Sometimes people other than the main perpetrator of a crime (known as the principal) may be held accountable for the crime. The terms vary across the states, but often these people are known as accomplices or accessories. Accomplices may be known as aiders and abettors. They may be charged if they intentionally do something to help someone else commit a crime or if they encourage another person to commit a crime.
An accomplice does not need to actually participate in the crime. They might help the principal flee the scene, they might help distract security or law enforcement, or they might provide the principal with the tools to commit the crime. Some examples of accomplices include getaway drivers, lookouts, and people who use their position as employees to help someone else commit a crime against their employer. It is important to be aware that an accomplice can face the same penalties as the principal. Even if the principal is never caught and convicted, an accomplice can be convicted of the crime.
Accessories to Crimes
An accessory is somewhat more removed from the principal and the crime than an accomplice. They also intentionally assist the principal in committing the crime, but they are often not at the crime scene. A typical example of an accessory is someone who helps someone else cover up a crime after it has been committed. Whether an accessory assists the principal before or after the crime can make a huge difference in the penalties that they face. An accessory who assists the principal before the crime (known as an accessory before the fact) may be treated in the same way as the principal or an accomplice. By contrast, an accessory who provides assistance after the crime (known as an accessory after the fact) may be treated more leniently.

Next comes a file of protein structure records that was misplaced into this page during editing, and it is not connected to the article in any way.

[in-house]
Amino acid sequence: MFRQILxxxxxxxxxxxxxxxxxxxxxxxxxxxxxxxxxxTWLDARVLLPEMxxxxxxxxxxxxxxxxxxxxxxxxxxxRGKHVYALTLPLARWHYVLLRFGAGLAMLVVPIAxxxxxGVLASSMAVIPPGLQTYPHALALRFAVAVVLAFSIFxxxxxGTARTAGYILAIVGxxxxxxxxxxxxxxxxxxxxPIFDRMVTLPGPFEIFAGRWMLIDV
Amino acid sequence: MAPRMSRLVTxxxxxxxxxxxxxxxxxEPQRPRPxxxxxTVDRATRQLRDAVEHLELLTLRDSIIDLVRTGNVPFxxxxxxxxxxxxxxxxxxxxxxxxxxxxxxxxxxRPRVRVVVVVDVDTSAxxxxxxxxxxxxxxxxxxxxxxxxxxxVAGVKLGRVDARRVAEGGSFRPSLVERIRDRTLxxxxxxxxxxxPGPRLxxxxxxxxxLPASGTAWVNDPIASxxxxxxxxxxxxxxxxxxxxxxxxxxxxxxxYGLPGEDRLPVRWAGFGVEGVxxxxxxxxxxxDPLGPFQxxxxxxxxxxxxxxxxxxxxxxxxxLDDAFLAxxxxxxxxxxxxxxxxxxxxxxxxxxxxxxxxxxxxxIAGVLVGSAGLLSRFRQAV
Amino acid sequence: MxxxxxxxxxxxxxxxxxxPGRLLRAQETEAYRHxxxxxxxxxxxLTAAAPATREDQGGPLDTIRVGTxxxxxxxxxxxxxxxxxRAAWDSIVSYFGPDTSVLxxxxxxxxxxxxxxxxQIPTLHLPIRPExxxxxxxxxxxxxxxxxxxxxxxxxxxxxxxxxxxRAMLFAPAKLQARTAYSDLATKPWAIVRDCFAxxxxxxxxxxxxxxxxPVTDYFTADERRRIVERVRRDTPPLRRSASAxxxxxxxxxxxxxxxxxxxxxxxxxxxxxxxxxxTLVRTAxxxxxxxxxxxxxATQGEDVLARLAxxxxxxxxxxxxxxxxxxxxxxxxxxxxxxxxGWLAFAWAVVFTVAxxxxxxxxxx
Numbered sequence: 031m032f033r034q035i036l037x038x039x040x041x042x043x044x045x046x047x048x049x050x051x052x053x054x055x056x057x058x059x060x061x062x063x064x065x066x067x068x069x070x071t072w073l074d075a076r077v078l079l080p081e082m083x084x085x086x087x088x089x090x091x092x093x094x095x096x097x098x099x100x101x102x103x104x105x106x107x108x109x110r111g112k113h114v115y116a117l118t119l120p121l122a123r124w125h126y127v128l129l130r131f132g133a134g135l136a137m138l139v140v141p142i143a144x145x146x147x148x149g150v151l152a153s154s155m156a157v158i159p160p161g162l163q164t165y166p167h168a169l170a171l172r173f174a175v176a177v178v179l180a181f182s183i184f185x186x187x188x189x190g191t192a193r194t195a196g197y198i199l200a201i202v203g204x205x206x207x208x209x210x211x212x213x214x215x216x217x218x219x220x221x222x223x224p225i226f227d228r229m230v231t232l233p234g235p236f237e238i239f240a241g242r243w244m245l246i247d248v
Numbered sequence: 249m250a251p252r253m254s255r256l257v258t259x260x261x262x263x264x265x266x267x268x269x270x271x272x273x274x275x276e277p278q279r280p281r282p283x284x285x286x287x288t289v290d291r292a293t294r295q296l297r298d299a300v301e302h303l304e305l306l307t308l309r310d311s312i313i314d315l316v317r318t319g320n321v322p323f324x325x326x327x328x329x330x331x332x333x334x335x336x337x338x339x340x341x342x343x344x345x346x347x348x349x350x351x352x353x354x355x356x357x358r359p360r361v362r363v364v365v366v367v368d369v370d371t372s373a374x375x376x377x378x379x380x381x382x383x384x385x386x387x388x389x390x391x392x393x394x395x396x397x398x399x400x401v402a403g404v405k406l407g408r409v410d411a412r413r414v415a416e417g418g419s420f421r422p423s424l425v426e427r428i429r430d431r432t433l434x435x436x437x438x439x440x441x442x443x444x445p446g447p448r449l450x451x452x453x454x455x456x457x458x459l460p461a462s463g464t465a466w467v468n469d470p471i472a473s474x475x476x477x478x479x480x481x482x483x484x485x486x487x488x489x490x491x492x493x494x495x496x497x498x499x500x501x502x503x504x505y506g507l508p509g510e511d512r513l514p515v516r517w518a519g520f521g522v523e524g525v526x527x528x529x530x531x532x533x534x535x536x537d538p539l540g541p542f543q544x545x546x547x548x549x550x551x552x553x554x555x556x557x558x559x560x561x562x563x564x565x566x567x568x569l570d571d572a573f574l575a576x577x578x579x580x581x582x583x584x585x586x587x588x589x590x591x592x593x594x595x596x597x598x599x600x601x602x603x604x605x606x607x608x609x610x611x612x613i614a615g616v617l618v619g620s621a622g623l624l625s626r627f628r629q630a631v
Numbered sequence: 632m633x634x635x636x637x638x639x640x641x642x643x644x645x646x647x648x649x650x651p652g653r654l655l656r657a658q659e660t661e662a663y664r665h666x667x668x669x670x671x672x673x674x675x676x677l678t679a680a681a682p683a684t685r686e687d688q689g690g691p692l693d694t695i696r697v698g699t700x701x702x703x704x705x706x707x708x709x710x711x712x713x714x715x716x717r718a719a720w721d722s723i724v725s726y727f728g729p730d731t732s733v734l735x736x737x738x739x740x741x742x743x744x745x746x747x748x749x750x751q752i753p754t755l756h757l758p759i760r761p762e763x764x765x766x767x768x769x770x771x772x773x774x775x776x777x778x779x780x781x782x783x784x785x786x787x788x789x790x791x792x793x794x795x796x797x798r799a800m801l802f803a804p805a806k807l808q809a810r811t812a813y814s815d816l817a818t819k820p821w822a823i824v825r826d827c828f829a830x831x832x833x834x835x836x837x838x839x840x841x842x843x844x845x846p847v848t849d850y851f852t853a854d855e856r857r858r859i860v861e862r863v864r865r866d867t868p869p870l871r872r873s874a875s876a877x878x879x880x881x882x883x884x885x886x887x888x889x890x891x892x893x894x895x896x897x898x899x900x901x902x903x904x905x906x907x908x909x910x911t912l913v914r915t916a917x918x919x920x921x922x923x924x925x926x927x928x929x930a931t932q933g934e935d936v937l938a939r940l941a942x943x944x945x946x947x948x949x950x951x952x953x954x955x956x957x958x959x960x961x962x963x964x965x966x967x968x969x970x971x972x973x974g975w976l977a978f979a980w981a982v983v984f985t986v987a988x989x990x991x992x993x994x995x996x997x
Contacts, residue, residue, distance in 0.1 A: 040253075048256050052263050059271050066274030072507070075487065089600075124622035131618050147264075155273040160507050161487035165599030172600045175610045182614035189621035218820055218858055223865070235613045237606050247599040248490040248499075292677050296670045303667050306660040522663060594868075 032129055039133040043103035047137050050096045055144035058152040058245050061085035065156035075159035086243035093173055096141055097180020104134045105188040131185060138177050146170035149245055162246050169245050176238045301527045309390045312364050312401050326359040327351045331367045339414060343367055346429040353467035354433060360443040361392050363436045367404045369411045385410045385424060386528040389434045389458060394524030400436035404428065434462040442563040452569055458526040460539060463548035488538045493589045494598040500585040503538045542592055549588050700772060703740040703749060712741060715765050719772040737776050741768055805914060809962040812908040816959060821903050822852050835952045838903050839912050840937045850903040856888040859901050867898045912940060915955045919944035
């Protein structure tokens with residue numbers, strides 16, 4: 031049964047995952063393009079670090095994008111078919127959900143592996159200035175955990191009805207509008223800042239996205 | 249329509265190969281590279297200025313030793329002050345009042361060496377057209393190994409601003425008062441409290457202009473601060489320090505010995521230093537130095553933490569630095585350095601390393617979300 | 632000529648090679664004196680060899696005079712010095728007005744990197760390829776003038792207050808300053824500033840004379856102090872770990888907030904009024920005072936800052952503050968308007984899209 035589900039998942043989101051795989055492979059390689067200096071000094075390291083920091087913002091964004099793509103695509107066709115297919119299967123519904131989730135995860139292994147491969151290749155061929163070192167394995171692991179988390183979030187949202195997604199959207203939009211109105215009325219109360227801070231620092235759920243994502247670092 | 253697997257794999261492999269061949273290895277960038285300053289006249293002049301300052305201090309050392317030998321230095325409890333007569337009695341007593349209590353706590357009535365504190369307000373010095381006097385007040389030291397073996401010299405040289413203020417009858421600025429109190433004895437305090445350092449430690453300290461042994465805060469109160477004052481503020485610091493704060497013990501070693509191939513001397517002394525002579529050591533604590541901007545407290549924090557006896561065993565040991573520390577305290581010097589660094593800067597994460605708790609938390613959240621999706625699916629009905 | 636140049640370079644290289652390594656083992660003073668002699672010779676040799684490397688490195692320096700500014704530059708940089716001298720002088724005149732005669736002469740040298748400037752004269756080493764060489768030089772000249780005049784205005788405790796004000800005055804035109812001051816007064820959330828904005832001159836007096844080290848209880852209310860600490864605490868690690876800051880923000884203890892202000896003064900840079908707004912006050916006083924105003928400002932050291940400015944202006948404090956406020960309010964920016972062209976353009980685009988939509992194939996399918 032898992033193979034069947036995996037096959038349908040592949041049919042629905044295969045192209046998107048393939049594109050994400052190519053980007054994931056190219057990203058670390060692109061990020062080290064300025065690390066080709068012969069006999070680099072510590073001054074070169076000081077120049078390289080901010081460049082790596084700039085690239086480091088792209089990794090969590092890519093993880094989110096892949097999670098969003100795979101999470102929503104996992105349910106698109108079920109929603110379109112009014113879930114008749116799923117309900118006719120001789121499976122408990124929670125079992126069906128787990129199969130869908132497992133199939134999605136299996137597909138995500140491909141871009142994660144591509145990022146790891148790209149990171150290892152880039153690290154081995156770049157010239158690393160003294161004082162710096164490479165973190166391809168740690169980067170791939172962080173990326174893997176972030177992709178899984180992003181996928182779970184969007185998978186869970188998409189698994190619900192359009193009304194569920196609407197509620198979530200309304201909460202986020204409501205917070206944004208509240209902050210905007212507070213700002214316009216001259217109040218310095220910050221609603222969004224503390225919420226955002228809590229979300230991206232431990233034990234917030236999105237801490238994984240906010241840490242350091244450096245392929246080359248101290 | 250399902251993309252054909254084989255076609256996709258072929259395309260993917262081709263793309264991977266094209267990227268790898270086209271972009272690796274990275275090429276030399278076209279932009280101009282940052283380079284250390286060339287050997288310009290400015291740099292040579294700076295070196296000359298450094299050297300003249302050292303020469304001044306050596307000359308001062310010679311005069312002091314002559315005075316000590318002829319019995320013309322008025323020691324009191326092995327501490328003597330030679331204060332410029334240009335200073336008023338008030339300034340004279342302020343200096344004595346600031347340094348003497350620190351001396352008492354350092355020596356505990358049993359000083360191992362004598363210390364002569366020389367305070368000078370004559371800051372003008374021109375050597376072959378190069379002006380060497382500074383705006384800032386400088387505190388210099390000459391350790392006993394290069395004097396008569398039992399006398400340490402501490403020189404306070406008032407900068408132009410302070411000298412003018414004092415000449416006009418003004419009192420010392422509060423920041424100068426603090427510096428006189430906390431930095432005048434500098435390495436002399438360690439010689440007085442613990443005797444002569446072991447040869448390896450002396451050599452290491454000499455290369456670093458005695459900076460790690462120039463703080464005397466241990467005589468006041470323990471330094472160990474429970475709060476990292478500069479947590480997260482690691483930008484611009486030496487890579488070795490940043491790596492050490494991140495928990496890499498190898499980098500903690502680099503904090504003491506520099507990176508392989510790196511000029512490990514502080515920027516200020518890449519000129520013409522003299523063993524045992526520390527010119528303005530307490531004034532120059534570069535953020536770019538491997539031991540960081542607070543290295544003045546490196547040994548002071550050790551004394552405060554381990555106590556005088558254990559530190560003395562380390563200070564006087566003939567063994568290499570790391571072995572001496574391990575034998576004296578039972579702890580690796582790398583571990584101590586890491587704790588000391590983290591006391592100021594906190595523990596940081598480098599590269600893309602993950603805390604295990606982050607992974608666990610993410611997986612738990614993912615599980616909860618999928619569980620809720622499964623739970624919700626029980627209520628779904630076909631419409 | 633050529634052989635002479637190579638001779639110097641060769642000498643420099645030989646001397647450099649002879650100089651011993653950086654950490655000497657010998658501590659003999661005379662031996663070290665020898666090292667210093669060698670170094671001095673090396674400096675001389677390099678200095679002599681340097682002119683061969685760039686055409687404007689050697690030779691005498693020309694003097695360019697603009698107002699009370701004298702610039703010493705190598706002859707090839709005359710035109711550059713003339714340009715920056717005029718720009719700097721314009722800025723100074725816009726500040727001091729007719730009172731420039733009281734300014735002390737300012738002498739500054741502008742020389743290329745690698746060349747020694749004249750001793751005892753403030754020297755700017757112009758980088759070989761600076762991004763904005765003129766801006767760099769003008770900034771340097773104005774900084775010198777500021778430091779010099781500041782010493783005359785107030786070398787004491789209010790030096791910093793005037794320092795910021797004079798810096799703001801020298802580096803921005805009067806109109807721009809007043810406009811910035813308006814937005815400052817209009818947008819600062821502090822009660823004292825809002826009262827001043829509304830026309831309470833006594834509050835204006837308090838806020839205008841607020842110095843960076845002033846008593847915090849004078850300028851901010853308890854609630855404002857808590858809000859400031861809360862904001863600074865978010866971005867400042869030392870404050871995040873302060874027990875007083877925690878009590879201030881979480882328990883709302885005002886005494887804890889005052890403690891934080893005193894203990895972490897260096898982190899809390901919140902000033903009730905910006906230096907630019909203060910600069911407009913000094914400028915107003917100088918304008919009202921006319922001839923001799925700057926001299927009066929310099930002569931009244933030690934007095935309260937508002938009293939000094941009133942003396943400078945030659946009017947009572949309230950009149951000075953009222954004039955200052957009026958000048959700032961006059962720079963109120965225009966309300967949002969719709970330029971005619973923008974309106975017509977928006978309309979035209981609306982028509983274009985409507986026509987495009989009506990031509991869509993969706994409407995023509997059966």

Aiding and Abetting
Broadly speaking, an act by an individual who is not the main perpetrator of a crime is known as aiding and abetting.
Conspiracy: Beyond Aiding and Abetting
Conspiracy is a very complex crime that can be charged separately from the underlying crime. It involves agreeing with at least one other person to commit a crime. For example, if two or more people agree to commit a robbery together, each of them may be charged with both robbery and conspiracy. Each of the conspirators is considered equally responsible for the crime, and each of them will be treated as a principal.
The crime of conspiracy does not require that the underlying crime actually take place.
Moreover, defendants can be charged with conspiracy even if they never commit the underlying crime. Since people cannot be punished for their thoughts or state of mind, the prosecution will need to show that at least one of the conspirators committed at least one overt act that moved them toward committing the crime. The overt act does not need to be criminal on its own. It only needs to show that one of the conspirators was preparing for the crime. This could be as simple as renting a car or buying maps to use in fleeing the scene of a robbery, which are not criminal actions in ordinary situations. Or a meeting between the conspirators to discuss their plans might be enough to qualify as an overt act, even if it occurred in a public location.